I’ve got many different assistance tools in my house. My Oreon Webbox and Braille display. A liquid level Indicator, speaking thermometer and oh... let’s not forget the wheelchair.
If the liquid level indicator breaks, I buy a new one. The wheelchair is usually repaired by the company that delivered it and if the Webbox or Braille display decide to have a bad day, they get sent away for service repairs or they’re replaced. I’m never without an assistance tool for too long.
Did you know that medical insurance companies also cover the costs of a service dog under the same rules as they use to cover sn assistance tool? Yes, that’s right. Legally Don is seen as a thing, an inanimate object. So what if he ‘breaks’? Can I send him away and get a replacement?
I don’t think any dog owner would want to replace their sick or injured dog for another one. Regardless of whether you’ve had him since he was a puppy or adopted him later in life. Or like me, have him because he’s your service dog. They’re living beings and we become attached to them. We don’t throw away our brother or mother either when they get sick.
So as an assistance dog owner you essentially have an assistance tool that you love, care for and play with. He also helps you when you can’t help yourself and when he gets sick.. just like Don did a few weeks ago, you find yourself in an ‘oh crap’ situation.
Don’s behaviour had been different for a while. With the 40 degree heat we had this summer, that seemed logical. We get tired and sleepy in that weather, so having Don behave that way seemed acceptable. But the weather cooled down and he didn’t get better. So after a conversation with our trainer, we took him to the vet. Back pain, probably due to muscle strain meant medication and rest. No work meant no help and I found myself asking my caregiver to help me more. ‘Will you please help me take off my sweatshirt’? ‘When can we do my Laundry? In the weekend..? Oh, ok’, my caregiver works a 32 hour job and I had become more dependent on her. That meant I had to be patient. No longer being able to do things when I want to because her job has to come first.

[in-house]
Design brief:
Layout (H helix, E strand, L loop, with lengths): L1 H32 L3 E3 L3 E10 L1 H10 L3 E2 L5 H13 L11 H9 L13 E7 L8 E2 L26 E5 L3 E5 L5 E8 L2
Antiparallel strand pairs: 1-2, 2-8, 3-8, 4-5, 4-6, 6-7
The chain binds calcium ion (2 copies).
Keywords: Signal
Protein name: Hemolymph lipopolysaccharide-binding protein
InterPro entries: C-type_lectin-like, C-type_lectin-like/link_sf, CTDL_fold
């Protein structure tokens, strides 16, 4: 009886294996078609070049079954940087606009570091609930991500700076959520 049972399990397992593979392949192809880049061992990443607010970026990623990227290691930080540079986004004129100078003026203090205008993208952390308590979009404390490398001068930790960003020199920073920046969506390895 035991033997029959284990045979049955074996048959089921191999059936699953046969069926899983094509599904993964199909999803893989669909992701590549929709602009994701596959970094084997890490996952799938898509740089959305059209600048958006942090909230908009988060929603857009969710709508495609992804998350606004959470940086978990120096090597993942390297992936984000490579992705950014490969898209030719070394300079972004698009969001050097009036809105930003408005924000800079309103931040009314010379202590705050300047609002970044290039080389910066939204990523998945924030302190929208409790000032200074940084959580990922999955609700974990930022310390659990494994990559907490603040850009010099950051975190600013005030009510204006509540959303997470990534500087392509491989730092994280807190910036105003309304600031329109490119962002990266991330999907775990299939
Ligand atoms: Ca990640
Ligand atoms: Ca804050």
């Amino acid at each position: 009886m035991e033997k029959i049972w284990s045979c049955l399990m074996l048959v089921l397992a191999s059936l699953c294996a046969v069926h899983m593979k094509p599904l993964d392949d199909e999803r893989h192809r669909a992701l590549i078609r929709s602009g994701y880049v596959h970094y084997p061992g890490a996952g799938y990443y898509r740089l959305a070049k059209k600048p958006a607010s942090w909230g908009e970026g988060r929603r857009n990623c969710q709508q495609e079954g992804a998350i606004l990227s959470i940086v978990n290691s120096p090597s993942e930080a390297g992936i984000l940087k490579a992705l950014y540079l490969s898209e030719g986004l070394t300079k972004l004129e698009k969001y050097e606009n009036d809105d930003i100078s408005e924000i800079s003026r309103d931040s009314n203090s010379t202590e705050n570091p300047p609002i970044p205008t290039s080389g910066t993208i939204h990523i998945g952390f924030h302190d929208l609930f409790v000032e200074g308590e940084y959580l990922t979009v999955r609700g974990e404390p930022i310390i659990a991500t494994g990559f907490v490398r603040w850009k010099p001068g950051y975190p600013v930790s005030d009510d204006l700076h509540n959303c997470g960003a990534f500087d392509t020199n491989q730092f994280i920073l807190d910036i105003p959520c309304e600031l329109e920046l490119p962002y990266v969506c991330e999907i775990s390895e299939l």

Another conversation with the trainer lead us to the question; ‘What if Don needs painkillers for the rest of his life’? ‘What if he’s just feeling old and no longer enjoying his work’? Of course I’m not going to force Don to do something he no longer can do or no longer enjoys. The whole idea behind service dogs helping their owners is that they see their work as a game. When it’s no longer fun for them, it’s no longer fair. That’s a thought that breaks my brain.
When a service dig is ‘out of order’ you don’t immediately get a new dog. Although you have high priority, you are put on a waiting list. Dogs have to finish training before they can be matched with a client and depending on the school, that waiting list can be anywhere from three months to one and a half years. For me... and most other service dog owners, that would mean home care because we literally don’t have the ability to do certain tasks without help.
Luckily after two weeks of complete rest, Don seemed to be feeling better. His energy level improved and he started doing small work tasks. He’s now back to doing everything he helped with before, however we do have to do some things a little differently so that we reduce the risk of him straining his muscles again. That’s logical, us humans also change the way we do things as we get older.
When Don turns 8, or maybe before that if he shows signs of no longer wanting to help, we’ll be assessed by the trainer and a decision on retirement will be made. I’ll be put on a waiting list and find other ways of managing my care needs while I wait. It’s hard to predict what the future will bring and when it will bring it. One thing I do know for sure, Don’s retirement will be a very difficult day because eventually, I will have to replace him.